That special connection that roommates share translated nicely to the basketball court Saturday for Kinard Gadsden-Gilliard and Hunter Harris.
The senior forwards combined for 36 points and 20 rebounds to lead East Tennessee State to a rousing 88-78 victory over Marshall at Freedom Hall.
Gadsden-Gilliard collected 19 points, seven rebounds and seven assists. Many of the latter were passes inside to Harris, who scored 17 points to go with 13 rebounds and a couple of blocked shots.
The chemistry was just right.
“We’re roommates and have been having some deep conversations,” said Harris, with a broad smile. “We’re both seniors, we’re both leaders, and we know we need to step up.”
The two scored 12 of the Bucs’ final 20 points, helping keep the Thundering Herd at bay as a crowd of 3,016 roared its approval. Marshall had cut a 17-point second-half deficit to two, but could get no closer.
The scene conjured up memories of old times between the former Southern Conference rivals, with a different backdrop.
The Bucs (3-5) have won all three of their scheduled games at Freedom Hall. They’re supposed to go back to the Dome for the rest of the season, though athletic director Richard Sander said earlier in the week that could change.
“Freedom Hall has been good to us,” said ETSU coach Murry Bartow. “I thought there was a lot of energy today in this building. We got off to a good start, had a good run, and in the second half we held on for dear life.”
Rashawn Rembert and Lester Wilson scored 13 points apiece for the Bucs, who shot 53 percent from the field. They each made three 3-pointers.
Marshall (4-3) was led by freshman point guard Kareem Canty, with 19 points and six assists. Chris Thomas scored 17 points, while Elijah Pittman had 16 and Ryan Taylor 10. Taylor pulled down 14 rebounds.
It was a long day for Pittman, the 6-9 forward who came in averaging 25 points a game. He went 4 of 14 from the field (2 of 12 from 3-point range) and scored only four points in the first half, showing his frustration with a technical foul.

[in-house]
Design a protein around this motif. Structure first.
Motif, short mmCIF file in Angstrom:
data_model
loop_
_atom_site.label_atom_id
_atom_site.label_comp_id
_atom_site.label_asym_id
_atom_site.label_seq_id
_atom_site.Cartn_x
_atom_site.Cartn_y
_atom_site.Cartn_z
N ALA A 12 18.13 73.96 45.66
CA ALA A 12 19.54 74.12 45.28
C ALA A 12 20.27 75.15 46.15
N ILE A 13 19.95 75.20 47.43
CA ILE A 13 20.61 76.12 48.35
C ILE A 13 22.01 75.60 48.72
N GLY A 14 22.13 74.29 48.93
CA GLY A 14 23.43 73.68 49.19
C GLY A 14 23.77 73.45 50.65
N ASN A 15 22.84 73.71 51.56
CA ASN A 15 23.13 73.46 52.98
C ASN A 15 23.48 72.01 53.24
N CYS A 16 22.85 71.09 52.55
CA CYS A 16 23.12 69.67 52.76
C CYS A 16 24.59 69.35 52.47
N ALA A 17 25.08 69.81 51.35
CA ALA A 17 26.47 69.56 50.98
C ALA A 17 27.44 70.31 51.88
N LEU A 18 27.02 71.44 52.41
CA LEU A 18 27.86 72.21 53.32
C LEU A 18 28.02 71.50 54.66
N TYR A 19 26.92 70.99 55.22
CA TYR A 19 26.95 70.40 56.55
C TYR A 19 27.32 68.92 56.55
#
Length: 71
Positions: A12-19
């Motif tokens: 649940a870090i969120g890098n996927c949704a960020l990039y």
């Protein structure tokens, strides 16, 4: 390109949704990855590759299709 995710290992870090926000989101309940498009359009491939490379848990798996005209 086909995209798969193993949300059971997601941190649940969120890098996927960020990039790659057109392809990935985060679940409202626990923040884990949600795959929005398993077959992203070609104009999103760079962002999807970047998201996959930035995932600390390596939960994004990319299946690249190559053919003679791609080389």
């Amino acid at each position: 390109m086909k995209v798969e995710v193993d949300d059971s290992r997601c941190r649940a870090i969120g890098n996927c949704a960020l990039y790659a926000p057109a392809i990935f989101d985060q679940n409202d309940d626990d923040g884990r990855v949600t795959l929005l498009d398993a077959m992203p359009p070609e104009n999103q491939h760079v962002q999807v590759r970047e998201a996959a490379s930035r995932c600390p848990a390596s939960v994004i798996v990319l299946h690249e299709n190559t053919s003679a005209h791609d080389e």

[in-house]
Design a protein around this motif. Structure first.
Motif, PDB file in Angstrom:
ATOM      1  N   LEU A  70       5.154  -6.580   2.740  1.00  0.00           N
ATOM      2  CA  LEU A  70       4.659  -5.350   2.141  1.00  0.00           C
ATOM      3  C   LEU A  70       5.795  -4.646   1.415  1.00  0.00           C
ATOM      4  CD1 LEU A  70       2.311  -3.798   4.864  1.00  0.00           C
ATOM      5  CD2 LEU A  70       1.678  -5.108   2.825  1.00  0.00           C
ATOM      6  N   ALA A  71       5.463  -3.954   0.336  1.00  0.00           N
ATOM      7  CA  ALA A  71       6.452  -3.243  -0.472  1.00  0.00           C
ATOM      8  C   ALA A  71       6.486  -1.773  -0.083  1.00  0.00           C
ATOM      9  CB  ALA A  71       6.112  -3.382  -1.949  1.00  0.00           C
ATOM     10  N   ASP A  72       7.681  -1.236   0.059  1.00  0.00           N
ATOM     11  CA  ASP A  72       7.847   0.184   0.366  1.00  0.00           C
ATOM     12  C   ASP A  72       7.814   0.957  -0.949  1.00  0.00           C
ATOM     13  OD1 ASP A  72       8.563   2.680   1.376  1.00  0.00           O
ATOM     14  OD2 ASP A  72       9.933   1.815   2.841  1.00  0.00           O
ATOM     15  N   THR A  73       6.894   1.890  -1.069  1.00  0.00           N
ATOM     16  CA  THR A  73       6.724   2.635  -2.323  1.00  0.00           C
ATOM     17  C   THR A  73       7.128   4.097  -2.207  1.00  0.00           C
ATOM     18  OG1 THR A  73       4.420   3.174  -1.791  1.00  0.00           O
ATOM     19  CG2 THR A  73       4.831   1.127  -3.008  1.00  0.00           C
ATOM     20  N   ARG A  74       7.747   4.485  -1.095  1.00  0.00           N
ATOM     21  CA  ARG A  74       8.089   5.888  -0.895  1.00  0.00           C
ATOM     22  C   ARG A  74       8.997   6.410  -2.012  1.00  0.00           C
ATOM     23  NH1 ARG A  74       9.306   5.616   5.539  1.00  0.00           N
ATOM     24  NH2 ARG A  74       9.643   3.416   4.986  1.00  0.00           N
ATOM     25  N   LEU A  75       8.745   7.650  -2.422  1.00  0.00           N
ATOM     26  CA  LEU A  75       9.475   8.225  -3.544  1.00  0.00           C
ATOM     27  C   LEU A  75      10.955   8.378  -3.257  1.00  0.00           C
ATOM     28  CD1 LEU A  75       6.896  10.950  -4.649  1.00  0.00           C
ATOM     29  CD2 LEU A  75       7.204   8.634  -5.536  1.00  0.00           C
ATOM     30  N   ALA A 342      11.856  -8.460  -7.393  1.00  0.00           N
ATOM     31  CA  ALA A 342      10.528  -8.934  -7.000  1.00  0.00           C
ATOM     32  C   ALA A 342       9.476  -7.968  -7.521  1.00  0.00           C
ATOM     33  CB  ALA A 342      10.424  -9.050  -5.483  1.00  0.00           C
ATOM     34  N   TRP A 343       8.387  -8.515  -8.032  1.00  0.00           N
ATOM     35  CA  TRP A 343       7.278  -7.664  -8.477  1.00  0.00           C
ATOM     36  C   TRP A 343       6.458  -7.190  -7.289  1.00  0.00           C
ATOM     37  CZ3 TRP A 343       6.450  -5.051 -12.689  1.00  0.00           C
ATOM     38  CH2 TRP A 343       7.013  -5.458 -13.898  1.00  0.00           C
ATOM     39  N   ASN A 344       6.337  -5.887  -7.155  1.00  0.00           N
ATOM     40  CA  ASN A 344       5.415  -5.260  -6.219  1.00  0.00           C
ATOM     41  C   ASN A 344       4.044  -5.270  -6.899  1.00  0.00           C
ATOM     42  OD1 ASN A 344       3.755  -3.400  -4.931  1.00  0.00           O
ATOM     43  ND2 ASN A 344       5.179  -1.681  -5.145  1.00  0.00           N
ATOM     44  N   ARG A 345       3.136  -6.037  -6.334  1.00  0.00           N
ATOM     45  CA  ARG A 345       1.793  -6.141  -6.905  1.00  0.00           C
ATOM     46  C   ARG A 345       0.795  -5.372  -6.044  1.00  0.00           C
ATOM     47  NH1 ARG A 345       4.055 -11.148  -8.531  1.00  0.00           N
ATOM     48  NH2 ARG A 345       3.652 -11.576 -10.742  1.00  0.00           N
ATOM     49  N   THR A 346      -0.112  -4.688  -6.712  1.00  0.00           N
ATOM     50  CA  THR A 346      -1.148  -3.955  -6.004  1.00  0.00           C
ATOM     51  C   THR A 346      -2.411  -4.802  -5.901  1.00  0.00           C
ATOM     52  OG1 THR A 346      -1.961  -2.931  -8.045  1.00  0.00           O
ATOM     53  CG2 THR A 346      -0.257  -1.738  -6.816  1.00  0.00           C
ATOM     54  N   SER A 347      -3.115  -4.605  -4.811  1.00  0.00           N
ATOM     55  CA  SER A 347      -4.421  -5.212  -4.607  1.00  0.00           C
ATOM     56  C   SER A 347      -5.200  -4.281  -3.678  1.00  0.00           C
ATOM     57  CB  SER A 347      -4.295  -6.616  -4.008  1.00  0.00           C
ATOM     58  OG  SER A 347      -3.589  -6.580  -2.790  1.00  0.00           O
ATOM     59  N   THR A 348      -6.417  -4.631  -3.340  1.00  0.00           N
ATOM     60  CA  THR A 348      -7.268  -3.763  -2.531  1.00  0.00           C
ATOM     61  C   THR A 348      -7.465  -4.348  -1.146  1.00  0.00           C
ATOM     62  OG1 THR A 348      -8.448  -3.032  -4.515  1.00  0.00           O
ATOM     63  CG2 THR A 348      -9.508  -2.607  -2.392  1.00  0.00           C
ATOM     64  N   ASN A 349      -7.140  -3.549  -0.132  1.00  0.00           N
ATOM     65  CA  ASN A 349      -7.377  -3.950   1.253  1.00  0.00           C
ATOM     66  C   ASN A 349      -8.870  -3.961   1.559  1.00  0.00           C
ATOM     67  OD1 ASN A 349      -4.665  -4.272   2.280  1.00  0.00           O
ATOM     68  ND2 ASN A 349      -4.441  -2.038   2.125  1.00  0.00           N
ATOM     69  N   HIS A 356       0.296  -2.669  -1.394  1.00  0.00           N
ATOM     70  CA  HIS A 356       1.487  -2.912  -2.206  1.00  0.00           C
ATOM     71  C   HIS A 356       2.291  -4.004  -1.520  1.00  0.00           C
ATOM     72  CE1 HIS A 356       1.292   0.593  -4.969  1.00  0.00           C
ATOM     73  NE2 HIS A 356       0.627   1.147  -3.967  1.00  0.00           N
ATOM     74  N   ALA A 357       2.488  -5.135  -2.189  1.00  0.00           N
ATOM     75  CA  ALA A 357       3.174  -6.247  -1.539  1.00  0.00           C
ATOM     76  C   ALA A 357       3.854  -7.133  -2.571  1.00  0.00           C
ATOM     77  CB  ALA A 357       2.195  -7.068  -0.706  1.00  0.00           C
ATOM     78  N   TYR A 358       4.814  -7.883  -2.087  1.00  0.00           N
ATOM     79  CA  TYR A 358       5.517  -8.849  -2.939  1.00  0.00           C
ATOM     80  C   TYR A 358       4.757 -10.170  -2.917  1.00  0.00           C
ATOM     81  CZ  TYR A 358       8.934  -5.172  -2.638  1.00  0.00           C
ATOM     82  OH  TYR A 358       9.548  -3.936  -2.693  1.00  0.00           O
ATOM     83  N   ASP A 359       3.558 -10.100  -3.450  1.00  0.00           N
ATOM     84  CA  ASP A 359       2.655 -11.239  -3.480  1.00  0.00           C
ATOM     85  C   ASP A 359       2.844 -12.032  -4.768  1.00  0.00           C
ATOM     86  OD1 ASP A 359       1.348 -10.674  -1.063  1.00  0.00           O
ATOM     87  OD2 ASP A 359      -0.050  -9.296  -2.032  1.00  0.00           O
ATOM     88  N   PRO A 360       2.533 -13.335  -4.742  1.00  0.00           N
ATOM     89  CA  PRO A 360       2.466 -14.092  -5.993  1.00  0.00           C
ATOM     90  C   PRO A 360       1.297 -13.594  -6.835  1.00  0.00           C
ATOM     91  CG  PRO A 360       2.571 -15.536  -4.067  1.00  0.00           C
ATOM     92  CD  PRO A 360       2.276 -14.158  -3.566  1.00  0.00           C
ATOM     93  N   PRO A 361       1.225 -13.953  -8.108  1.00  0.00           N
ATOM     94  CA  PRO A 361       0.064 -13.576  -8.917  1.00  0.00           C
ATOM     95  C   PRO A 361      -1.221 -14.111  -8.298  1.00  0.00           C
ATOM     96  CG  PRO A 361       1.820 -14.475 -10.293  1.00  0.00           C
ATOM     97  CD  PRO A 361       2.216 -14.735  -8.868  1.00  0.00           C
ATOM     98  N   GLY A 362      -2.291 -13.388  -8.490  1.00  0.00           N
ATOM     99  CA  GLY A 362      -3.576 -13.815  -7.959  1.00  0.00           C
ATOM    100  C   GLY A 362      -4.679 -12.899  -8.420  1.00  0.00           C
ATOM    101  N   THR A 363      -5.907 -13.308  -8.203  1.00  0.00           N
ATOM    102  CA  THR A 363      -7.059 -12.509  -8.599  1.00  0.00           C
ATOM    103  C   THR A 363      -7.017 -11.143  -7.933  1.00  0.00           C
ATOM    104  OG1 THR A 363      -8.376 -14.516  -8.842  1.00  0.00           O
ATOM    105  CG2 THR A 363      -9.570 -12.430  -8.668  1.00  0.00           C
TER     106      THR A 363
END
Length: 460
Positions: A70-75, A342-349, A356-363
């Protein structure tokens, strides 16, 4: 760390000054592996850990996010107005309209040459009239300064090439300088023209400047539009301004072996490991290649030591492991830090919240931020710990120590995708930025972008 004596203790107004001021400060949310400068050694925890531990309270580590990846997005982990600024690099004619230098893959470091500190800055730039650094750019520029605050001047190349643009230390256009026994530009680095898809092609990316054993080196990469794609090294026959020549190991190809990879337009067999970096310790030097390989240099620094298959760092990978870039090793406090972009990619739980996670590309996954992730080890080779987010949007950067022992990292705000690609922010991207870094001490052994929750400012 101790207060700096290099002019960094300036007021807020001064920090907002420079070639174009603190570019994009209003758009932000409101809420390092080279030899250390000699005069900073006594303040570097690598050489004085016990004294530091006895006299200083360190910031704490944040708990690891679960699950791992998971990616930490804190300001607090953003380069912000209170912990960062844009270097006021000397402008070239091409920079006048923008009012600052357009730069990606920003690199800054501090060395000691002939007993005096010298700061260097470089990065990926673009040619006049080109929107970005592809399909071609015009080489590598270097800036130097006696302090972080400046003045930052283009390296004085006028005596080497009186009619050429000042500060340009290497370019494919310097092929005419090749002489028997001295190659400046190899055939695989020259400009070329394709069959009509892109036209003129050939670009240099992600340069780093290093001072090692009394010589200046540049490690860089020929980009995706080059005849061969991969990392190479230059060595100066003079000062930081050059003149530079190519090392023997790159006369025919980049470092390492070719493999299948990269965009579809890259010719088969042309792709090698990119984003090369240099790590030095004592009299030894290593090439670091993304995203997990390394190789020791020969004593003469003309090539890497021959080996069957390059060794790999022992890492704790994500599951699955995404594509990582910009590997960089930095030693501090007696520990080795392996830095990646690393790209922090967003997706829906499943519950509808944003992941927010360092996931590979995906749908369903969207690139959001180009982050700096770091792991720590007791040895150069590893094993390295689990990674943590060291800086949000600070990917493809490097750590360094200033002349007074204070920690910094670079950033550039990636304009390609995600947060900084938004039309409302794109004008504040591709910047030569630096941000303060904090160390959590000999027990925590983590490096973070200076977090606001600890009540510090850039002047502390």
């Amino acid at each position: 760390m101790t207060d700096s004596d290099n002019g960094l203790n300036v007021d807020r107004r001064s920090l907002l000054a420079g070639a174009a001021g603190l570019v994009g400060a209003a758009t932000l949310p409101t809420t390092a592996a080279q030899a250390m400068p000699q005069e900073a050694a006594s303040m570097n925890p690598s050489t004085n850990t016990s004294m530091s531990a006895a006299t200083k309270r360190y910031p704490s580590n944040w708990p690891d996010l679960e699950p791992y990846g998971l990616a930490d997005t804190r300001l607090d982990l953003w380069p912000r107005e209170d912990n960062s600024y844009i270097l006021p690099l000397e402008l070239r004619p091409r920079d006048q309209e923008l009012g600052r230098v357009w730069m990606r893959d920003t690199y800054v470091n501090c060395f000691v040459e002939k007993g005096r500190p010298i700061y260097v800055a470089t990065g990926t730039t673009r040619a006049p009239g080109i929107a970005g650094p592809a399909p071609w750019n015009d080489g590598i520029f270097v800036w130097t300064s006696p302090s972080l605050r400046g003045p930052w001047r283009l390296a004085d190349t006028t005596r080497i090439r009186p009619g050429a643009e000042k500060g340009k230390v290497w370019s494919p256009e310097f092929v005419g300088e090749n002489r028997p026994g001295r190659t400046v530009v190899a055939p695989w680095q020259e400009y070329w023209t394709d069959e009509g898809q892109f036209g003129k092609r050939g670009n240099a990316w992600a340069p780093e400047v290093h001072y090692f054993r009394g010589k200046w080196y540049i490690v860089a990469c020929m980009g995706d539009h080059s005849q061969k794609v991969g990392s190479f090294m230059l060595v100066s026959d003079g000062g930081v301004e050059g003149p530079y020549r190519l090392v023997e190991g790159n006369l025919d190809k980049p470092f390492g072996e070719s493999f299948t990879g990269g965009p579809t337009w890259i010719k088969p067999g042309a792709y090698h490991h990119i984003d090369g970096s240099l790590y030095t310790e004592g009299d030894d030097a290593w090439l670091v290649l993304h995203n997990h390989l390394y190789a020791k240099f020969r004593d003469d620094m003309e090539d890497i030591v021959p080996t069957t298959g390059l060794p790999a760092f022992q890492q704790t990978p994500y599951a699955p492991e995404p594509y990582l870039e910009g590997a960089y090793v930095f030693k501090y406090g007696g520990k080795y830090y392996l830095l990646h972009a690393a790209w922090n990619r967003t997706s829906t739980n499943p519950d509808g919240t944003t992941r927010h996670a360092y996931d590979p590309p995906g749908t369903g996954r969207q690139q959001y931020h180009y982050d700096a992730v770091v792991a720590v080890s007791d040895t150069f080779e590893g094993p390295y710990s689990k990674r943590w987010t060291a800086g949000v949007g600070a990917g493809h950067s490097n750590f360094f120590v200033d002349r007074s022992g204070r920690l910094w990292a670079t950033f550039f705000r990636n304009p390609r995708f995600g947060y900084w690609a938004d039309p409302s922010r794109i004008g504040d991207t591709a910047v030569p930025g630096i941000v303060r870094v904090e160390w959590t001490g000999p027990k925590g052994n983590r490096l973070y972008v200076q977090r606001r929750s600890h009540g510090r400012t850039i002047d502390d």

He certainly had the Bucs’ attention.
“We knew NBA scouts were in the building looking at one of their guys,” said Gadsden-Gilliard. “This is a talented team.”
The Herd trailed 46-34 at the half and never found its rhythm for long against ETSU’s zone defenses. They had been averaging over 90 points a game and shooting 51 percent from the field.
The Bucs held them to 43 percent, including 6 of 30 on 3-pointers.
“We knew they were going to zone us for 40 minutes,” said Marshall coach Tom Herrion. “We just attacked too quick, shot too quick. In the second half when we made our run, we were a lot more patient.”
The Herd used an 11-2 run to pull within four, at 64-60, with 9:24 left. When TyQuane Goard made a free throw four minutes later, the ETSU lead was only two.
But that’s when the roommates got it going, and the Bucs pulled away again. Harris had three baskets in the last 3:12, punctuating the victory with a dunk with 20 seconds remaining.
Fouls loomed large throughout the game. The Bucs had five players with four personals and still more than 13 minutes remaining.
As Bartow watched the lead shrink, he decided he couldn’t leave them on the bench for long.
“We were in a world of hurt,” said Bartow. “We decided to roll the dice with nine minutes left and put four guys in the game with four fouls. We said, ‘Hey, we have a great chance to beat Marshall, to beat a Conference USA team,’ and we rolled the dice.”
Wilson fouled out with more than six minutes left, and A.J. Merriweather followed with less than two.
Marshall, however, couldn’t make ETSU’s foul trouble pay off. The Herd was just 18 of 35 at the free-throw line, while the Bucs were 21 of 30.
“It was another game where free throws contributed mightily to our demise,” said Herrion, whose team was shooting 62.1 percent for the season.
For the Bucs, the win was a major boost after their 98-83 loss Wednesday at Tennessee Tech. They were outrebounded by 19 there, and guys like Gadsden-Gilliard and Harris took it personally.
“I had 20 points but only one assist and a couple of turnovers,” he said. “So I was scoring but not helping other guys. I focused on that tonight.”
Bartow said the team was dedicating the victory to ETSU president Brian Noland, who has been recovering from injuries sustained a car accident two weeks ago.
“He’s a West Virginia grad, and I don’t know how much West Virginia grads like Marshall,” said Bartow. “I know he’s had this one circled on his calendar for awhile.”
The Bucs travel to Austin Peay on Wednesday night, then on to Georgia Tech on Saturday.